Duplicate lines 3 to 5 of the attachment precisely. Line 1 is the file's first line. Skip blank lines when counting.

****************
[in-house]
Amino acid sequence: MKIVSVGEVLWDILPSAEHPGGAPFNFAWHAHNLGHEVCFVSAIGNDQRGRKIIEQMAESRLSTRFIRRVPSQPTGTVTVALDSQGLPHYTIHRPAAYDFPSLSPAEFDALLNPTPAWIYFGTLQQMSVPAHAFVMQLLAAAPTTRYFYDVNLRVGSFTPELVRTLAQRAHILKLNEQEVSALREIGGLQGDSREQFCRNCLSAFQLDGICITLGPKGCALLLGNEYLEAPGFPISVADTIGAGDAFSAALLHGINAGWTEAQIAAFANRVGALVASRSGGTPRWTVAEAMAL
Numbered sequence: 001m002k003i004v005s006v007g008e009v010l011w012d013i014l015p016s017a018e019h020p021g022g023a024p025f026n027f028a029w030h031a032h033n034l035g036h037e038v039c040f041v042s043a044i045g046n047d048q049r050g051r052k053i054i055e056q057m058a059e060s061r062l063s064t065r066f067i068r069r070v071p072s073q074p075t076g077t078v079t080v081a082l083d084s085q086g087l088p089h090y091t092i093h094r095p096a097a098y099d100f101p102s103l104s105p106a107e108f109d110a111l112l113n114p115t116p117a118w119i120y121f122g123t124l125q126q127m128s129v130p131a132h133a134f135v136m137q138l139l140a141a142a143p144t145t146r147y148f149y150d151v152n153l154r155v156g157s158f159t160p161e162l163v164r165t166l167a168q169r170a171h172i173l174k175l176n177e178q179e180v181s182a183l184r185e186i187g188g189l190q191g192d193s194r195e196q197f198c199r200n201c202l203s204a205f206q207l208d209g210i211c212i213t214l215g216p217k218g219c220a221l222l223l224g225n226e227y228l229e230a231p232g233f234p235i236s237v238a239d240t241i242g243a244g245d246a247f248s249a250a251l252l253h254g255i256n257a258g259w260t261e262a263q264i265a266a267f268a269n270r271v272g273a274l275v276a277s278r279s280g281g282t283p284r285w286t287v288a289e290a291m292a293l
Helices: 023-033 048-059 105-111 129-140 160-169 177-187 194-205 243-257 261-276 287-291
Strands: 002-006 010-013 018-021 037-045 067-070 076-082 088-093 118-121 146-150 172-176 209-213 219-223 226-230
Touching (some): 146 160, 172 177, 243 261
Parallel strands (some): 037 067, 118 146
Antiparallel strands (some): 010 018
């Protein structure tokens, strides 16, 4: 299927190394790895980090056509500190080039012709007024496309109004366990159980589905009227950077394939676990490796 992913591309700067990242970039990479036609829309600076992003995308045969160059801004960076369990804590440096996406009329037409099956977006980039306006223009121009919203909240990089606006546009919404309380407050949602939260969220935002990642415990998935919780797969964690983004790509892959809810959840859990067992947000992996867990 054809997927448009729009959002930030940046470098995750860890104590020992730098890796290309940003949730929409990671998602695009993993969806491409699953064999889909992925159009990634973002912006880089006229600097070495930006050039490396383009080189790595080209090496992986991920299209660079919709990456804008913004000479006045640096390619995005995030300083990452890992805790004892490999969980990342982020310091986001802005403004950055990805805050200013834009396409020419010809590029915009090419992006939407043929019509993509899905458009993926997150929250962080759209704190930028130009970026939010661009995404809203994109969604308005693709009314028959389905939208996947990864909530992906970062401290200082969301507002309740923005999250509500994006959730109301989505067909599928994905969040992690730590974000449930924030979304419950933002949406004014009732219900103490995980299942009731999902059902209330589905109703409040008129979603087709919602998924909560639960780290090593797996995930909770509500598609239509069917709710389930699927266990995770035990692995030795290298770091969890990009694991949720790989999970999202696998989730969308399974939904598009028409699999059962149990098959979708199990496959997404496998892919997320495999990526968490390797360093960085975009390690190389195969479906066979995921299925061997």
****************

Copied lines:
Numbered sequence: 001m002k003i004v005s006v007g008e009v010l011w012d013i014l015p016s017a018e019h020p021g022g023a024p025f026n027f028a029w030h031a032h033n034l035g036h037e038v039c040f041v042s043a044i045g046n047d048q049r050g051r052k053i054i055e056q057m058a059e060s061r062l063s064t065r066f067i068r069r070v071p072s073q074p075t076g077t078v079t080v081a082l083d084s085q086g087l088p089h090y091t092i093h094r095p096a097a098y099d100f101p102s103l104s105p106a107e108f109d110a111l112l113n114p115t116p117a118w119i120y121f122g123t124l125q126q127m128s129v130p131a132h133a134f135v136m137q138l139l140a141a142a143p144t145t146r147y148f149y150d151v152n153l154r155v156g157s158f159t160p161e162l163v164r165t166l167a168q169r170a171h172i173l174k175l176n177e178q179e180v181s182a183l184r185e186i187g188g189l190q191g192d193s194r195e196q197f198c199r200n201c202l203s204a205f206q207l208d209g210i211c212i213t214l215g216p217k218g219c220a221l222l223l224g225n226e227y228l229e230a231p232g233f234p235i236s237v238a239d240t241i242g243a244g245d246a247f248s249a250a251l252l253h254g255i256n257a258g259w260t261e262a263q264i265a266a267f268a269n270r271v272g273a274l275v276a277s278r279s280g281g282t283p284r285w286t287v288a289e290a291m292a293l
Helices: 023-033 048-059 105-111 129-140 160-169 177-187 194-205 243-257 261-276 287-291
Strands: 002-006 010-013 018-021 037-045 067-070 076-082 088-093 118-121 146-150 172-176 209-213 219-223 226-230